In the center of Stanton Square in Northeast, stands Revolutionary War Hero and native son of Rhode Island Nathanael Greene. His controversial advice (including burning New York City to the ground as part of a retreat in 1776, which, to me, sounds like the wisdom of the sages) won him favor with General Washington, and his management of the supply chain of the Continental Army won him the post of Quartermaster General. Before the end of the War he’d serve as the head of West Point, and then Commander of the Southern Army.
Greene would lead the American Retreat across the Dan River, forcing General Cornwallis to make mistakes as he chased the retreating light horse. Greene’s beleaguered force would win the race to the Dan, taking all the boats across the river, leaving none for Cornwallis, and the American forces escaped into Virginia. Some say that Greene was second only to Washington himself in military ability and prowess, and did more for the Continental Army than many others who would go on to claim greater fame.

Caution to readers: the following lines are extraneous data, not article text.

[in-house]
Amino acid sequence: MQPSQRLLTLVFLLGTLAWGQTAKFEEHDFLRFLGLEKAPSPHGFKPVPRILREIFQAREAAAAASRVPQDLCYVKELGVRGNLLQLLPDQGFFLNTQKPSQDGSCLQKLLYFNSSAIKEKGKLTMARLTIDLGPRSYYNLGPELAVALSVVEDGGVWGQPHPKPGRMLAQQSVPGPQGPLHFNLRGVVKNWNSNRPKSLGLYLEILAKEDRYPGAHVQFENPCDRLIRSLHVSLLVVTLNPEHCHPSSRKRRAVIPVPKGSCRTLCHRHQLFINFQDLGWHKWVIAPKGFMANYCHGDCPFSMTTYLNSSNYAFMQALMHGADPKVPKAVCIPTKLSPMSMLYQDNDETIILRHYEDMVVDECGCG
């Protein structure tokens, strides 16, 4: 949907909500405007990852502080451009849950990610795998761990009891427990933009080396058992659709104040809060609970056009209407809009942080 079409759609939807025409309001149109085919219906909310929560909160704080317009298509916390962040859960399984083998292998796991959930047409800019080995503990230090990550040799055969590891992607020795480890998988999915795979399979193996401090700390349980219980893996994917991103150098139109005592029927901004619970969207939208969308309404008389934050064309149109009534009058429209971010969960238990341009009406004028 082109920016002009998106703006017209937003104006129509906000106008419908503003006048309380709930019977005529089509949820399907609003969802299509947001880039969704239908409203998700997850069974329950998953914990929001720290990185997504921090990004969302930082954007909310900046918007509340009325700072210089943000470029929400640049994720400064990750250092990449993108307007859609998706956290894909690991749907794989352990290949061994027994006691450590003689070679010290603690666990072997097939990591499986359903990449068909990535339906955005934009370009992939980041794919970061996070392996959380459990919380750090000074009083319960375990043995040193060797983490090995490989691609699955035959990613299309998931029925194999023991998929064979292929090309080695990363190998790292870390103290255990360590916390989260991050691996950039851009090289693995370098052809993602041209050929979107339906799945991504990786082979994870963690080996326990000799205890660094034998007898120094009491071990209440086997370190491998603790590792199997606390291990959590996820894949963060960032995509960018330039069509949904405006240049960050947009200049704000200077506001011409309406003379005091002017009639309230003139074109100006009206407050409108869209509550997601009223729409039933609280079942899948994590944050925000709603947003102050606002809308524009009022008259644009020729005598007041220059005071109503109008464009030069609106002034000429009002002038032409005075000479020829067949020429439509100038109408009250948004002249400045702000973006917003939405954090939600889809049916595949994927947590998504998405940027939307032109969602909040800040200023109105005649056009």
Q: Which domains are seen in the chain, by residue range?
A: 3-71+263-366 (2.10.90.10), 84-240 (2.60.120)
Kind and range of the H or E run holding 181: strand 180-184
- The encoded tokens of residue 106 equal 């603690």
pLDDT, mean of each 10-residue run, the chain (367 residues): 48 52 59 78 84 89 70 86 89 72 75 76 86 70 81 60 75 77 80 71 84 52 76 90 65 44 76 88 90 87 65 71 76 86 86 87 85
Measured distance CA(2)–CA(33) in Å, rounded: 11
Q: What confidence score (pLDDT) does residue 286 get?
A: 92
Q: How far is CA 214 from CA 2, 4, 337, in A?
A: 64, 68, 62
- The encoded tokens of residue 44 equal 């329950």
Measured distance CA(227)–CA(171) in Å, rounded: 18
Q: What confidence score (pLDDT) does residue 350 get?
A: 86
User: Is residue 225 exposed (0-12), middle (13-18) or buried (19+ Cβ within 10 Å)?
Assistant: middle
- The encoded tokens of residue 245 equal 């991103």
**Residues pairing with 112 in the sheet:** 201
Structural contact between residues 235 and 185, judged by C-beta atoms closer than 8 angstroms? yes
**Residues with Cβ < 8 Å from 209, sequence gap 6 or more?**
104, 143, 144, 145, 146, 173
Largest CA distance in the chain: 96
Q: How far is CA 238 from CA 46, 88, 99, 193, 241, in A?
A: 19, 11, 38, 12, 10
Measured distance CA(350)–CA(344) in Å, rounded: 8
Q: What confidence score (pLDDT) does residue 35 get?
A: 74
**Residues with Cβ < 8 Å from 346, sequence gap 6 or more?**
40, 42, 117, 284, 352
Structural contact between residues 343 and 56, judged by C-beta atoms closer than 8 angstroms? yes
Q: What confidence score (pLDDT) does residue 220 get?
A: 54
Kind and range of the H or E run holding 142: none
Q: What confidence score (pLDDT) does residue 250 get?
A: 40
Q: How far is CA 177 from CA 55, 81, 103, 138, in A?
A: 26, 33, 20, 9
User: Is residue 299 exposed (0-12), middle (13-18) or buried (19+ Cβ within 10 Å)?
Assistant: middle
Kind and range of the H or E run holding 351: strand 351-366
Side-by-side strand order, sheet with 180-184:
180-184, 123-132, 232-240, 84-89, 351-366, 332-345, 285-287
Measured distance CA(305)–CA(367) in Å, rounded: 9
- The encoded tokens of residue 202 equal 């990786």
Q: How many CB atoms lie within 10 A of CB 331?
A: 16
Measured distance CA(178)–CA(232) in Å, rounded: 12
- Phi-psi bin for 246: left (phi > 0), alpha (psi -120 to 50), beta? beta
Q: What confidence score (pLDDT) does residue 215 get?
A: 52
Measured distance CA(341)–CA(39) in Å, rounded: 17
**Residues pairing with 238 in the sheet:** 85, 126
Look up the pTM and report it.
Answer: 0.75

After the conclusion of hostilities, Georgia and both Carolinas granted Greene significant estates and money, most of which he used to settle the bills of the Southern Army. He turned down Cabinet appointments from President Washington and would retire to Savannah in 1785. He would die just a year later of sunstroke. Greene is one of the unsung heroes of the Revolutionary War, and his statue in Stanton Square (which is oddly named for the Secretary of War in the Reconstruction Era and not for Greene) is small tribute to the right hand of George Washington.
The Statue for General Greene was the result of an 1874 act of Congress, which authorized $40,000 for the casting of the statue. It was later placed atop a pedestal which was authorized by Congress a year later at $10,000. The text of the Monument is very difficult to read, but honors Greene as a General of the “General of the Southern Department.”
Washington DC 20002